Like her first book, Hair Hat, Carrie Snyder’s sophomore offering is a collection of linked short stories. Here they are arranged in a novelistic arc, following the titular heroine from a childhood caught between foreign languages and continents to the quiet joys and terrors of adulthood. While laid out chronologically, each story is strong and vibrant enough to stand on its own. Relying on a series of self-contained stories rather than chapters, Snyder is able to fully explore the episodic and fractured nature of memory and life.
The first half of the book, set in Nicaragua in 1984, describes the experiences of the Canadian/American Friesen family as they protest U.S. support of a paramilitary force that is attempting a violent coup. Snyder’s frequently lyrical sentences are perfect for meting out the excitement and horror of the precarious work her characters engage in, and by placing nine-year-old Juliet at the centre, the author is able to filter the traumas of political resistance through a domestic lens. A particularly strong story from this section, “Dear Ronald Reagan,” plays with the tension between the way a Westernized child might mistake privilege for political power and a childlike insistence on fairness.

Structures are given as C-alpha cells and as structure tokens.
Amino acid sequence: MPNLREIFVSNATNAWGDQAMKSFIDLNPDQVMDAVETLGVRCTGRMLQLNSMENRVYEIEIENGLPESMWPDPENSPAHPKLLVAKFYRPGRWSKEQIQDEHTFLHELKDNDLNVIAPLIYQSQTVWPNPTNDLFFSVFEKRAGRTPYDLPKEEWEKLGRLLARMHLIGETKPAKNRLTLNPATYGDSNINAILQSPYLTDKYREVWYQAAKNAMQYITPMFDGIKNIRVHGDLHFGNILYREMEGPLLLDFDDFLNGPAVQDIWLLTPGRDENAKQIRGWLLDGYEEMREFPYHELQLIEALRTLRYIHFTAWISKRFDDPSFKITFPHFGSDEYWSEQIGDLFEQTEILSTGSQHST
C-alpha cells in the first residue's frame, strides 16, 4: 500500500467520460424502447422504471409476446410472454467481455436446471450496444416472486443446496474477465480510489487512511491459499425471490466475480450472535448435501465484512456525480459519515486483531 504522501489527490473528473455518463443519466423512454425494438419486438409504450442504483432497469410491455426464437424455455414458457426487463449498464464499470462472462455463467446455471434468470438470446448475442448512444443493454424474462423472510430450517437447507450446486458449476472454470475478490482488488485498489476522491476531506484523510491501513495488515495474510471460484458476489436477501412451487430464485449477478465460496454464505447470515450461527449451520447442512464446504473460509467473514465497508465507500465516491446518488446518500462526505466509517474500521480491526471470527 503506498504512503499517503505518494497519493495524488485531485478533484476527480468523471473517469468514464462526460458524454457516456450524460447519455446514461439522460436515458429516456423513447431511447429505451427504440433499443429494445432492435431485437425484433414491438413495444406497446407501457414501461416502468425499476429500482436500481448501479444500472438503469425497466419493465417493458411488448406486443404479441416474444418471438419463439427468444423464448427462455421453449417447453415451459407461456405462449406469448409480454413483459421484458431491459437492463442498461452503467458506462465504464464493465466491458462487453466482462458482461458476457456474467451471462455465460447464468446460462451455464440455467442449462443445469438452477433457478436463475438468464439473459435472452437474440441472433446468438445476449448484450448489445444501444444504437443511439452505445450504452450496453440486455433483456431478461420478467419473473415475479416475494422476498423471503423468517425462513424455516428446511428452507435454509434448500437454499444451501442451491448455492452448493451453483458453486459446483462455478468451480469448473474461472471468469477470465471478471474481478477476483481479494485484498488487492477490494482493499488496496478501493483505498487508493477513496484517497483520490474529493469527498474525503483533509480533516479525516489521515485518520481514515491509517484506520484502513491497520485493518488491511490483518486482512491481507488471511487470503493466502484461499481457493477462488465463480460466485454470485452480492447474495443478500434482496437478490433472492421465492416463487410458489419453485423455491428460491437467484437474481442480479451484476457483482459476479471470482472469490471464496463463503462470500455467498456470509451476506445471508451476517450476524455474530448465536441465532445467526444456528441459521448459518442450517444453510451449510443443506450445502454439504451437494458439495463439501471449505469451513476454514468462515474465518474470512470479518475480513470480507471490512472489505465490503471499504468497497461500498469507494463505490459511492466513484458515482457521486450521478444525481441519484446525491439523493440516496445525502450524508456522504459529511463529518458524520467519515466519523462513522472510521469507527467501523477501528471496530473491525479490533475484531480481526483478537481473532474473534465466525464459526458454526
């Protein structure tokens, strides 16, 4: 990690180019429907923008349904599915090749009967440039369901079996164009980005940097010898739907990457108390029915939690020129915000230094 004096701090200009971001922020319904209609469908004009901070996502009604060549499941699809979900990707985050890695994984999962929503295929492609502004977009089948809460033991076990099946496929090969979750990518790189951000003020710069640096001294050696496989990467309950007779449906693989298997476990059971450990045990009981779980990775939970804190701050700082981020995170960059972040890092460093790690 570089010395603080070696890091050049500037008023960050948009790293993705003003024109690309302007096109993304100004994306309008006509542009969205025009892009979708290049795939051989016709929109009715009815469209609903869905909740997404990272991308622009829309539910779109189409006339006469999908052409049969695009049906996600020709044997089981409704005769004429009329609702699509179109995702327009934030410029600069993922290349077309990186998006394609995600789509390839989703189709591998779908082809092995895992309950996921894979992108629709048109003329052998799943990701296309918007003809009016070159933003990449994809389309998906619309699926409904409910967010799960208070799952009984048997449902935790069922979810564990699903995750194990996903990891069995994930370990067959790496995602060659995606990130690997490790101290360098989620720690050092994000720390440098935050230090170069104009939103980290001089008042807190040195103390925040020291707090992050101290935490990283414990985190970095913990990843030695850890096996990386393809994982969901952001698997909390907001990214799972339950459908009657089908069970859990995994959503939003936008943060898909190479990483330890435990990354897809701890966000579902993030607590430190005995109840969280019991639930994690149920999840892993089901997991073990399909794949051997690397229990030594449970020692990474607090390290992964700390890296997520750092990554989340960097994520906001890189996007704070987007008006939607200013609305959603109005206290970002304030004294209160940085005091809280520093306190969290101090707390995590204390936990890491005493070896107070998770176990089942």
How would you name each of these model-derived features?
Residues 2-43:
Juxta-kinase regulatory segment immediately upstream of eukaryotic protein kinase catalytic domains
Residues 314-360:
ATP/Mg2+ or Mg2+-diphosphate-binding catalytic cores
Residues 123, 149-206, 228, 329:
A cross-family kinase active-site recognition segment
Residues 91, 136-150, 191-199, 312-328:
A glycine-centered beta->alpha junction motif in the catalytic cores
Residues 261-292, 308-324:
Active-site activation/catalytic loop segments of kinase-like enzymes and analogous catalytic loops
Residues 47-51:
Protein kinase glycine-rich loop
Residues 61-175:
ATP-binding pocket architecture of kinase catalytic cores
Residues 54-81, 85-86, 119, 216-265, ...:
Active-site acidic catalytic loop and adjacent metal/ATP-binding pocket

The second section, covering a longer span of time, is set mostly in Southern Ontario. These stories are darker, and explore the pain of loss in many of its manifestations: loss of loved ones to time, geography, and death; loss of youth and innocence; loss of secrets and childlike wonder. In “The Four Corners of a House,” Snyder masterfully depicts the structure of a family that has lost one of its members, a house built around an empty room.
While The Juliet Stories deals with emotionally and politically charged themes, Snyder’s prose style and story structure seldom feel manipulative or argumentative. She avoids aestheticizing trauma and instead offers strong characterization, clear and lushly poetic language, and above all, the kind of nourishment that comes from a moving story, beautifully told.